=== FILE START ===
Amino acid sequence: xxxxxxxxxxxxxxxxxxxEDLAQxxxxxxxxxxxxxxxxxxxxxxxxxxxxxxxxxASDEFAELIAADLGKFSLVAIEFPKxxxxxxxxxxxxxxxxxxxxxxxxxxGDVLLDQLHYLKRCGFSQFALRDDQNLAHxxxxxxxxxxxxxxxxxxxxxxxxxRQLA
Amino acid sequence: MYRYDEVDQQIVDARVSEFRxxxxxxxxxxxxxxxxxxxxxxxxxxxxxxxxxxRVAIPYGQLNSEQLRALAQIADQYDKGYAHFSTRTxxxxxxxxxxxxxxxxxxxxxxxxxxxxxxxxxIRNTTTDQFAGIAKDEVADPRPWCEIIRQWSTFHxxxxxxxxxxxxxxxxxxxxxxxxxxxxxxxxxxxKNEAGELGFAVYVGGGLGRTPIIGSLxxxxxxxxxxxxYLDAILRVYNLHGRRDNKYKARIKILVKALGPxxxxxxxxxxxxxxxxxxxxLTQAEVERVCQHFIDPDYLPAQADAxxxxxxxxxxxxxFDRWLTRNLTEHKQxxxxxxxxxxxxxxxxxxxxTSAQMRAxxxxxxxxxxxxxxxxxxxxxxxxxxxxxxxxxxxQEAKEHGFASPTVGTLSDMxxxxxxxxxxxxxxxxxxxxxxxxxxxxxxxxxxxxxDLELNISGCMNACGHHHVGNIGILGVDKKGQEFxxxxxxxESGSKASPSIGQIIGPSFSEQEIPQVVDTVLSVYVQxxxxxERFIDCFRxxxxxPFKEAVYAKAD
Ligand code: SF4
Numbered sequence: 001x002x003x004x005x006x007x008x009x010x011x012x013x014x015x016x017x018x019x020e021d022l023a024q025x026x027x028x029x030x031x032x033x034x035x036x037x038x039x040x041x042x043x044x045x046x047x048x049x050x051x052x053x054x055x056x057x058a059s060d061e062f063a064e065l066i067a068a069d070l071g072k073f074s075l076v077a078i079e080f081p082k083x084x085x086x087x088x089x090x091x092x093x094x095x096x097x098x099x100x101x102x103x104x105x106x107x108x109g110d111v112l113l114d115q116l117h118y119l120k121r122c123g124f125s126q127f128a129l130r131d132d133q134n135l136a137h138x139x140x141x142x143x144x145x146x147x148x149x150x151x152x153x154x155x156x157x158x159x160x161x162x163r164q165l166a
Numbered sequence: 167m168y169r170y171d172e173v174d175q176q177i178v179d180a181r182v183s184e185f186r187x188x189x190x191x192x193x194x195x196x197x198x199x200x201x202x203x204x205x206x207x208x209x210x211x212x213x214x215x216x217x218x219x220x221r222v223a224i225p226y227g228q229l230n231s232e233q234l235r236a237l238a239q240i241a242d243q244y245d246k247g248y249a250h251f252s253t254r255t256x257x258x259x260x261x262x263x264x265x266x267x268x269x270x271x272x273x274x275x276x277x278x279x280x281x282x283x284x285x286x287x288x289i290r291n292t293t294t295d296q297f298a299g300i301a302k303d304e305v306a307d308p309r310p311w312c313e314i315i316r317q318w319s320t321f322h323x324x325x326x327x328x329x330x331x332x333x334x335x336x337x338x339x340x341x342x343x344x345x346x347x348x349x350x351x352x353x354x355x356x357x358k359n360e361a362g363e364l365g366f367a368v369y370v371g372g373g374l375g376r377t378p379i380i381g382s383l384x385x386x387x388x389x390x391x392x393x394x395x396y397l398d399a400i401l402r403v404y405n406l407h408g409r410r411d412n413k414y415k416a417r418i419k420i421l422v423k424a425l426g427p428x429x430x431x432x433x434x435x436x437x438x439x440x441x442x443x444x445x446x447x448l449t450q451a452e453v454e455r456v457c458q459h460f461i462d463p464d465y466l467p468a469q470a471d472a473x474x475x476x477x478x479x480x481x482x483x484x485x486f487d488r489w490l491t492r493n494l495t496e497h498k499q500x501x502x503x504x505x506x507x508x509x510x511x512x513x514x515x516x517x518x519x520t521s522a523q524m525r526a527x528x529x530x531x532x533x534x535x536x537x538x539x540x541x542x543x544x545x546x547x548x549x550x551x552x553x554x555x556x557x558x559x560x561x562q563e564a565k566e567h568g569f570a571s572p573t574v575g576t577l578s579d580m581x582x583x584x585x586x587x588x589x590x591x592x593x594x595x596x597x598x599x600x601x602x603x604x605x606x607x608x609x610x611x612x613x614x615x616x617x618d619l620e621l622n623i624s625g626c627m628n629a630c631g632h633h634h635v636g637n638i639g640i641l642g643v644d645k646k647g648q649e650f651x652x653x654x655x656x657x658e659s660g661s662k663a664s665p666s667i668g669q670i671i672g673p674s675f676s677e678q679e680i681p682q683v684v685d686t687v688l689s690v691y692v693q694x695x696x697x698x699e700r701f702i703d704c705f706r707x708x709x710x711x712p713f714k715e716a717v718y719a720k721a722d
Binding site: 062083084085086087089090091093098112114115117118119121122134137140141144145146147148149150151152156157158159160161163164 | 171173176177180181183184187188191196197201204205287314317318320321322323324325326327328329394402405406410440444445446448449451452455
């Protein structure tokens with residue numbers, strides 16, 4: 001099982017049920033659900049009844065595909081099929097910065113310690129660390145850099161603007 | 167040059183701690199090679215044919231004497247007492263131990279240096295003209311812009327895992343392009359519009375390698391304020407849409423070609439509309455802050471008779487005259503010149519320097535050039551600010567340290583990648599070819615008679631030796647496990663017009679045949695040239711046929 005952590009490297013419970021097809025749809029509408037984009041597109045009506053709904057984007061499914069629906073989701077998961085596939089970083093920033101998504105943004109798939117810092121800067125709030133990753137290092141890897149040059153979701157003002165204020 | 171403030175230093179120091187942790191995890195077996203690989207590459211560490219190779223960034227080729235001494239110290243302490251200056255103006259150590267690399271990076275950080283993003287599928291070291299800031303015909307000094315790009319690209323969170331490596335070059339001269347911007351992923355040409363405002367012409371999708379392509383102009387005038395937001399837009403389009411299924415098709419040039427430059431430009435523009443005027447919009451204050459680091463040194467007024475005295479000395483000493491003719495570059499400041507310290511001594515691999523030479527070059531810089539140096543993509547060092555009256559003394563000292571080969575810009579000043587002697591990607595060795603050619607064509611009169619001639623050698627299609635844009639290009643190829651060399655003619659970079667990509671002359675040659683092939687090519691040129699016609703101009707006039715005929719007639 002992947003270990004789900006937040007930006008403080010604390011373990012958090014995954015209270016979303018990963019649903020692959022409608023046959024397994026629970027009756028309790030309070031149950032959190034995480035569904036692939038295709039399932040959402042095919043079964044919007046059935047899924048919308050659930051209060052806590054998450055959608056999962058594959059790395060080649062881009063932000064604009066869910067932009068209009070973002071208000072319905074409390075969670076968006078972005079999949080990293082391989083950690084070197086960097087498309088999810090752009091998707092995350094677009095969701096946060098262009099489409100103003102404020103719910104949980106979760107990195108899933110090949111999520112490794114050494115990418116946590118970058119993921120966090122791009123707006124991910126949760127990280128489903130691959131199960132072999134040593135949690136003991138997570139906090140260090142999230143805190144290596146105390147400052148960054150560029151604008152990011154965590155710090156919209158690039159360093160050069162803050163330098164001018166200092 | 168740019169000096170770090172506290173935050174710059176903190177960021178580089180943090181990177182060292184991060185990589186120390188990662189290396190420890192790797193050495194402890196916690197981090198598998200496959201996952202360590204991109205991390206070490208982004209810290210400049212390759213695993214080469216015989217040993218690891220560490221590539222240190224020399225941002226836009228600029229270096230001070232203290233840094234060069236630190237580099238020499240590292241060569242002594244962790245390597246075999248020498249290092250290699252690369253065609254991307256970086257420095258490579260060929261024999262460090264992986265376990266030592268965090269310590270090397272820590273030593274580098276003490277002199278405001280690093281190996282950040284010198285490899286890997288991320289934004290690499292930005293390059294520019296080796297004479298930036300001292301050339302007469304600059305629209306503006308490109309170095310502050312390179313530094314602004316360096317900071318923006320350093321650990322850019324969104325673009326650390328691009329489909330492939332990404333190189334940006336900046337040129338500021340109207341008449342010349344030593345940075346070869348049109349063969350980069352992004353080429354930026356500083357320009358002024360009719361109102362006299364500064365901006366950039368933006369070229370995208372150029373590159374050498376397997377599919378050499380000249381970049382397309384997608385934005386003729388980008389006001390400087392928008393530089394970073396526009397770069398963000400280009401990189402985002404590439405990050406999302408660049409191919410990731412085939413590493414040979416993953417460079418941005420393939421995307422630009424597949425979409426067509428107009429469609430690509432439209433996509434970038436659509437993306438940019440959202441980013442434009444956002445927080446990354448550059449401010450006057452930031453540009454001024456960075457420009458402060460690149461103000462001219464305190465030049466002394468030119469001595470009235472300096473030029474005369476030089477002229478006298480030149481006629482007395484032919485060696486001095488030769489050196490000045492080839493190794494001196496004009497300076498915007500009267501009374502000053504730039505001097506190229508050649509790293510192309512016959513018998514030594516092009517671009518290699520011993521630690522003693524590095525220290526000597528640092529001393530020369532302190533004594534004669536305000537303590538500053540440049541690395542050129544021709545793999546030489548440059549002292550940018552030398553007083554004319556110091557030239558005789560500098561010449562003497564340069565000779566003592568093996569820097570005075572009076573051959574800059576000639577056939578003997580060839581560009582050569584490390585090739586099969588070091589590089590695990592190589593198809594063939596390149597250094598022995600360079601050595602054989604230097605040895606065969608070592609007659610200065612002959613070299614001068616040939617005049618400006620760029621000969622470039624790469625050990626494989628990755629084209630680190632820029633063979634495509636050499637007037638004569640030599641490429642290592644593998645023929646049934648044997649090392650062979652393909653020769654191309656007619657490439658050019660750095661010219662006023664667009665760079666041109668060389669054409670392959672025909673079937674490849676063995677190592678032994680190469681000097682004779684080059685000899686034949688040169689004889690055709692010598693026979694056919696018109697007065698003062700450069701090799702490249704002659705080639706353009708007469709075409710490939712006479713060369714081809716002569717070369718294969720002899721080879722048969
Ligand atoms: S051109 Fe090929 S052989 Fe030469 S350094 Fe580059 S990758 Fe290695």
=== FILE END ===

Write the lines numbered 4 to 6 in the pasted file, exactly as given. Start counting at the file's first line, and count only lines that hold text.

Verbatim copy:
Numbered sequence: 001x002x003x004x005x006x007x008x009x010x011x012x013x014x015x016x017x018x019x020e021d022l023a024q025x026x027x028x029x030x031x032x033x034x035x036x037x038x039x040x041x042x043x044x045x046x047x048x049x050x051x052x053x054x055x056x057x058a059s060d061e062f063a064e065l066i067a068a069d070l071g072k073f074s075l076v077a078i079e080f081p082k083x084x085x086x087x088x089x090x091x092x093x094x095x096x097x098x099x100x101x102x103x104x105x106x107x108x109g110d111v112l113l114d115q116l117h118y119l120k121r122c123g124f125s126q127f128a129l130r131d132d133q134n135l136a137h138x139x140x141x142x143x144x145x146x147x148x149x150x151x152x153x154x155x156x157x158x159x160x161x162x163r164q165l166a
Numbered sequence: 167m168y169r170y171d172e173v174d175q176q177i178v179d180a181r182v183s184e185f186r187x188x189x190x191x192x193x194x195x196x197x198x199x200x201x202x203x204x205x206x207x208x209x210x211x212x213x214x215x216x217x218x219x220x221r222v223a224i225p226y227g228q229l230n231s232e233q234l235r236a237l238a239q240i241a242d243q244y245d246k247g248y249a250h251f252s253t254r255t256x257x258x259x260x261x262x263x264x265x266x267x268x269x270x271x272x273x274x275x276x277x278x279x280x281x282x283x284x285x286x287x288x289i290r291n292t293t294t295d296q297f298a299g300i301a302k303d304e305v306a307d308p309r310p311w312c313e314i315i316r317q318w319s320t321f322h323x324x325x326x327x328x329x330x331x332x333x334x335x336x337x338x339x340x341x342x343x344x345x346x347x348x349x350x351x352x353x354x355x356x357x358k359n360e361a362g363e364l365g366f367a368v369y370v371g372g373g374l375g376r377t378p379i380i381g382s383l384x385x386x387x388x389x390x391x392x393x394x395x396y397l398d399a400i401l402r403v404y405n406l407h408g409r410r411d412n413k414y415k416a417r418i419k420i421l422v423k424a425l426g427p428x429x430x431x432x433x434x435x436x437x438x439x440x441x442x443x444x445x446x447x448l449t450q451a452e453v454e455r456v457c458q459h460f461i462d463p464d465y466l467p468a469q470a471d472a473x474x475x476x477x478x479x480x481x482x483x484x485x486f487d488r489w490l491t492r493n494l495t496e497h498k499q500x501x502x503x504x505x506x507x508x509x510x511x512x513x514x515x516x517x518x519x520t521s522a523q524m525r526a527x528x529x530x531x532x533x534x535x536x537x538x539x540x541x542x543x544x545x546x547x548x549x550x551x552x553x554x555x556x557x558x559x560x561x562q563e564a565k566e567h568g569f570a571s572p573t574v575g576t577l578s579d580m581x582x583x584x585x586x587x588x589x590x591x592x593x594x595x596x597x598x599x600x601x602x603x604x605x606x607x608x609x610x611x612x613x614x615x616x617x618d619l620e621l622n623i624s625g626c627m628n629a630c631g632h633h634h635v636g637n638i639g640i641l642g643v644d645k646k647g648q649e650f651x652x653x654x655x656x657x658e659s660g661s662k663a664s665p666s667i668g669q670i671i672g673p674s675f676s677e678q679e680i681p682q683v684v685d686t687v688l689s690v691y692v693q694x695x696x697x698x699e700r701f702i703d704c705f706r707x708x709x710x711x712p713f714k715e716a717v718y719a720k721a722d
Binding site: 062083084085086087089090091093098112114115117118119121122134137140141144145146147148149150151152156157158159160161163164 | 171173176177180181183184187188191196197201204205287314317318320321322323324325326327328329394402405406410440444445446448449451452455